Following the claim by Francis Maude, that the era of mega-IT contracts are over, it is my view that IT service providers of all sizes need to seriously rethink the way they approach IT projects.
Maude’s comments were something that has needed to be said for sometime now. The problem is that saying we need shorter term IT projects is one thing, actually putting that into practice is an entirely different proposition.
Here lies the problem — for too long now service providers have been claiming that they want to implement clearer Service Level Agreements (SLAs), making them smaller, off the shelf and open source where possible. But, when you scratch beneath the surface, CIOs still find themselves locked into long-term deals, with poor metrics and no room to stop the contract at any stage.
This is because CIOs have naturally been inclined to focus on the shifting of risk to their outsourcer. Meanwhile, service providers have tended to be more interested in the reward, while limiting risk to themselves. To date, many CIO outsourcing contracts are too complex and SLA driven. They need to be simplified, ideally into a two pager with the ways of working clearly outlined. This would save a lot of time and energy all round, but the embedded legal and finance processes and regulations prohibit this.
The current CIO/service provider stand-off does little to drive the right behaviours from both sides. It is my view that service providers must take a more co-operative stance, sharing risk with their customers to build confidence for a long-term relationship.
Then, as outsourcing relationships mature, organisations can move to Outcome Based Agreements (OBA), where suppliers are contracted specifically to achieve business outcomes for and with the customer. But before getting to this stage, it is important to define what a risk/reward system is, and how it benefits the CIO.
Risk and reward can mean different things. It can mean introducing a system of service performance. For example, an outsourcing provider may earn a bonus if they consistently exceed service performance.
Alternatively, the reward could be the ability to offset or earn back previously incurred service credits. At a more collaborative level, the incentive could include a share of the improvement achieved or a percentage of the revenue earned by the business.
As a counterpoint, the risks could include a penalty payment for underperforming — such as not completing a project at a set deadline. Successful risk-reward systems are often based on projected revenue generation or cost savings and predefined SLAs.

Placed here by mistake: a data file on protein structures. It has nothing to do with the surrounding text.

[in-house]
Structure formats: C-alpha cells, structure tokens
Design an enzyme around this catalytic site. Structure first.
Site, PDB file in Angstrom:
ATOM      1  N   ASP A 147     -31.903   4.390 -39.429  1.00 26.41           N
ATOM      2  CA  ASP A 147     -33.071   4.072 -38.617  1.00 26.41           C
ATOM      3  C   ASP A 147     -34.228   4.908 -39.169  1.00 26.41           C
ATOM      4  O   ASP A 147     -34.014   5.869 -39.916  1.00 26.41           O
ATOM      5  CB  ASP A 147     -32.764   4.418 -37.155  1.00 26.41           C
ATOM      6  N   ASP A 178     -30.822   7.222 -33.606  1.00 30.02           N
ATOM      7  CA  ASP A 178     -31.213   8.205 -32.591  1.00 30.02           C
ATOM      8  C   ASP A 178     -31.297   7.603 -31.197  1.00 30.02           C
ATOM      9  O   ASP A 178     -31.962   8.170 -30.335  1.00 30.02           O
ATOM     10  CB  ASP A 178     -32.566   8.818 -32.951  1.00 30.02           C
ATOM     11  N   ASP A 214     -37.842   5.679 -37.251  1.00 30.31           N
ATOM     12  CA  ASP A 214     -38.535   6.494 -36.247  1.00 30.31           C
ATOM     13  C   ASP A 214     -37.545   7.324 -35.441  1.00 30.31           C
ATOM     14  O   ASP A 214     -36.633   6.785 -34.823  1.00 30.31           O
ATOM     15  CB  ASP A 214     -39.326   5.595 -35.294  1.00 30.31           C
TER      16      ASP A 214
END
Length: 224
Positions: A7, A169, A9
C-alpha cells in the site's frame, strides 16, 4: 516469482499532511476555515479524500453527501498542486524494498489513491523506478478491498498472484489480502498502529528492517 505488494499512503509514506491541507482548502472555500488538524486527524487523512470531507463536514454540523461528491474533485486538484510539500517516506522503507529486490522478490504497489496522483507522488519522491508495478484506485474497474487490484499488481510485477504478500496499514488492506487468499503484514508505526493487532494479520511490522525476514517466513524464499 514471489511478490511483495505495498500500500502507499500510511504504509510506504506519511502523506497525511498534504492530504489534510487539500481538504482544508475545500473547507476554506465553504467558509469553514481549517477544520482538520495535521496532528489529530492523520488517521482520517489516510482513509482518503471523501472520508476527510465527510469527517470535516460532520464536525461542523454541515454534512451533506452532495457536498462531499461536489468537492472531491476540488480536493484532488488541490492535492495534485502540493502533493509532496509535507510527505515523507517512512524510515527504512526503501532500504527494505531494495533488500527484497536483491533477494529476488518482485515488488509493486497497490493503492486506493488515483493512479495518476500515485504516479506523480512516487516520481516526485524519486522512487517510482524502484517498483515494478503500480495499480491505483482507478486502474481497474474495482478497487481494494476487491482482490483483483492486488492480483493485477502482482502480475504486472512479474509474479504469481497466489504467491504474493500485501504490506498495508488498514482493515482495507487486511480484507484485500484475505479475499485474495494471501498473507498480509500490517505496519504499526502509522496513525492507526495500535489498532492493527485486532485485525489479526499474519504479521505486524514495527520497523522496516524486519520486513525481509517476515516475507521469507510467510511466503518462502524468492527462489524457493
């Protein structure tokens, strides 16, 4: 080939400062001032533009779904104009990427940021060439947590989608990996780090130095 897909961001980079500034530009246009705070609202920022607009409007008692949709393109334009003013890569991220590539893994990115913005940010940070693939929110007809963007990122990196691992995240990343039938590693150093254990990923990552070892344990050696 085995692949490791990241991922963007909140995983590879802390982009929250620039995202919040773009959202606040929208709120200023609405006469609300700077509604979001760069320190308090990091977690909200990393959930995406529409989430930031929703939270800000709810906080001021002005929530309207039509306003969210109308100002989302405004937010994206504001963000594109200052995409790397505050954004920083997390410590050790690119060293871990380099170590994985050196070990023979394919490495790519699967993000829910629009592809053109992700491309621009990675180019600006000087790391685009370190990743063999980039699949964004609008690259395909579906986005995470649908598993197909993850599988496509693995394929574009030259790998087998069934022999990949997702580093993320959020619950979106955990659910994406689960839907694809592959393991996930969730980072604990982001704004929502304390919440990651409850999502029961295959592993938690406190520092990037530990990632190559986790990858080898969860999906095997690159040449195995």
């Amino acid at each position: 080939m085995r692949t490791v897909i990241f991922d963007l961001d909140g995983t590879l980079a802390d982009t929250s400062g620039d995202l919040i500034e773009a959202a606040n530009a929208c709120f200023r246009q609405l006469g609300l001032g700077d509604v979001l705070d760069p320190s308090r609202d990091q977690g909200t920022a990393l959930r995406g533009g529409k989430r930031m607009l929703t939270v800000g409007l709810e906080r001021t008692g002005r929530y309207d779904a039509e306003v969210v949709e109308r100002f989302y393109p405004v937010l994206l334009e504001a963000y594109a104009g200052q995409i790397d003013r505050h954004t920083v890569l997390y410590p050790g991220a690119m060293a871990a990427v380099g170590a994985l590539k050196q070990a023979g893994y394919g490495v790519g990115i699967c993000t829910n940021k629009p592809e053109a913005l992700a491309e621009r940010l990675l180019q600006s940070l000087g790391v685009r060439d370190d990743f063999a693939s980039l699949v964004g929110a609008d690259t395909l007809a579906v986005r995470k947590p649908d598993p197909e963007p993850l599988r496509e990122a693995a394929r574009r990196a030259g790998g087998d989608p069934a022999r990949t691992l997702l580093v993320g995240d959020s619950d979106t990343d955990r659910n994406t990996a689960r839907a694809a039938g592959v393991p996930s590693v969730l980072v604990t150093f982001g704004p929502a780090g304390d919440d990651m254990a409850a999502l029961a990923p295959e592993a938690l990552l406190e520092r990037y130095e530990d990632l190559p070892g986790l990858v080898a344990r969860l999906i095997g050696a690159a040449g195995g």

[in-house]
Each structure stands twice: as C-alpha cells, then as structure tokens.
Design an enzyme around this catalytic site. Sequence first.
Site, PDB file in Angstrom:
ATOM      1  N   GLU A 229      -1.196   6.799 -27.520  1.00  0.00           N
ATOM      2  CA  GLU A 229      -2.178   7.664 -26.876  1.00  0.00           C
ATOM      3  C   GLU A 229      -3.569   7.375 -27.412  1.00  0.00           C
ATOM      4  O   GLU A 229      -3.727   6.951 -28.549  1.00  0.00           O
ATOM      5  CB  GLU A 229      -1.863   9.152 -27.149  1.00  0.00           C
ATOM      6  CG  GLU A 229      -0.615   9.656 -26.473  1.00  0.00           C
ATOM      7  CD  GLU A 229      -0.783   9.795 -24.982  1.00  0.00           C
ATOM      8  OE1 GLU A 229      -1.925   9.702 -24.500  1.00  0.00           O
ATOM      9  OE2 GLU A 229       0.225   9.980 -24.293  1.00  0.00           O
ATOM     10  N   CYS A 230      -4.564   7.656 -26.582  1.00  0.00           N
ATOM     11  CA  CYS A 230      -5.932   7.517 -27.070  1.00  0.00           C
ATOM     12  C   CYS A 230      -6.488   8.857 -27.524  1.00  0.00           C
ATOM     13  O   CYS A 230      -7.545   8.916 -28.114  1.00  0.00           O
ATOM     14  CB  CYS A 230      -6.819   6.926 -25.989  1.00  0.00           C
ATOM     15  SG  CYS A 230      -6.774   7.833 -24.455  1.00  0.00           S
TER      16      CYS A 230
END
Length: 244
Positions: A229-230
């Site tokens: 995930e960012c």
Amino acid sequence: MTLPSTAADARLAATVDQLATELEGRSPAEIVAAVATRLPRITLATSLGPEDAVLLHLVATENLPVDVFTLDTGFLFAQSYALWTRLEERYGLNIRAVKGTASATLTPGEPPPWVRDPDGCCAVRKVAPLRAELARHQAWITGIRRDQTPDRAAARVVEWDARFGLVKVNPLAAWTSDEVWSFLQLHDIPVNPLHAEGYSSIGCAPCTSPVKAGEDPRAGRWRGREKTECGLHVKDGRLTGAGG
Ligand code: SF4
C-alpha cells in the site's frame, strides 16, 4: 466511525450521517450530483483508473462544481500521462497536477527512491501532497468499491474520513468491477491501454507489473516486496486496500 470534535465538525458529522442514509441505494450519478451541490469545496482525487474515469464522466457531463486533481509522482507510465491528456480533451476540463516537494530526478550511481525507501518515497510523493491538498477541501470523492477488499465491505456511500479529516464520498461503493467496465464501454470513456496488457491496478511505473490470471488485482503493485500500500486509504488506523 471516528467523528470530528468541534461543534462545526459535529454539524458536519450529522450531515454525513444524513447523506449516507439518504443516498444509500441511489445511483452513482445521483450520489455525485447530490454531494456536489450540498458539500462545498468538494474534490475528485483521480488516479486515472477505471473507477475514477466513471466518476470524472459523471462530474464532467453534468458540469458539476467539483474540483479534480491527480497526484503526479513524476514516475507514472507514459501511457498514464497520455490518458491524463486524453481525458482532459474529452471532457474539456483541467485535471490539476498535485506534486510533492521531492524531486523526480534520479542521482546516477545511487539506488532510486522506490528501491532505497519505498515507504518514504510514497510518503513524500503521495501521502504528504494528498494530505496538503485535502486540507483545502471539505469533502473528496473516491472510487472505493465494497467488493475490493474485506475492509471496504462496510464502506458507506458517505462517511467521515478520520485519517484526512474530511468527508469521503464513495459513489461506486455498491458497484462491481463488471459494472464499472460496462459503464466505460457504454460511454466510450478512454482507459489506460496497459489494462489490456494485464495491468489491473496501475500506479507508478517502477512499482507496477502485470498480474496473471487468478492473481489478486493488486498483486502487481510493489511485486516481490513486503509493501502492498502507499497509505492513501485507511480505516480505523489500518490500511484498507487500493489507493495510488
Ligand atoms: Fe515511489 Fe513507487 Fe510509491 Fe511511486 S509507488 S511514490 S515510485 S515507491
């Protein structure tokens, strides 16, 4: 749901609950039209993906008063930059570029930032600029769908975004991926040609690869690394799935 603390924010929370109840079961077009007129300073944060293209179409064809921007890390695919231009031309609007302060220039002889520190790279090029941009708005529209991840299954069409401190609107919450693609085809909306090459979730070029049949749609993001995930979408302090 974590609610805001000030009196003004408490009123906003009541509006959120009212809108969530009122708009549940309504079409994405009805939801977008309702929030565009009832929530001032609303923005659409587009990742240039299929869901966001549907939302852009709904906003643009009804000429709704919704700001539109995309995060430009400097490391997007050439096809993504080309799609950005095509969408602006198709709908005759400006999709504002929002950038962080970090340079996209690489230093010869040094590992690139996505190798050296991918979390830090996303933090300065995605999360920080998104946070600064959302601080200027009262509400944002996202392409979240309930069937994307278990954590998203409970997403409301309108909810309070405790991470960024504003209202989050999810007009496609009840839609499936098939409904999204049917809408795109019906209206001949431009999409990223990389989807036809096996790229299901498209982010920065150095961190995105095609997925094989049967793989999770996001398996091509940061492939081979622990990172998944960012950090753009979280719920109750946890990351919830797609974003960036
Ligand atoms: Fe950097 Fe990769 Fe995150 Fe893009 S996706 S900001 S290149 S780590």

The most obvious way of measuring performance for the purposes of service reward is against defined SLA agreements. Incentive mechanisms could also be linked to overall industry performance.
The service provider could, for example, qualify for more reward if its customer's performance in certain key measures, over a defined period of time, puts it in the top quartile of industry performance in that particular set of metrics.
Alternatively, the CIO may prefer to tie risk and reward to monthly internal SLA measurements, key business events or overall customer satisfaction measures.
Critically, a risk and reward system should be aligned with the business needs of the CIO. The outsourcer, regardless of economic conditions, should be focused on offering transparent value to the customer. This is the essence of a true partnership.
There is little point in the CIO penalising a service provider for failing to meet a response-time service level in a non-critical area of the business or, conversely, rewarding a service provider for meeting a specific availability target if the target has no material impact on the end user's ability to function.
In one successful example of risk and reward, the service provider could offer to pay the CIO projected savings up front in cash. Then, the CIO could go on with reaping the rewards by exceeding the original cost savings estimate. After all, there is nothing like putting your money where your mouth is.
An example might be charging a standard price for all SAP upgrades delivered in a factory mode rather than a different price for each individual customer. Certainly it is an interesting argument and a model that service providers might prefer.
IT services, as a sector, is still immature in its approach to risk and reward and OBAs. However, with the industry still digesting Maude’s comments, it may not be long before we see risk/reward strategies considered more seriuously by the CIO’s team.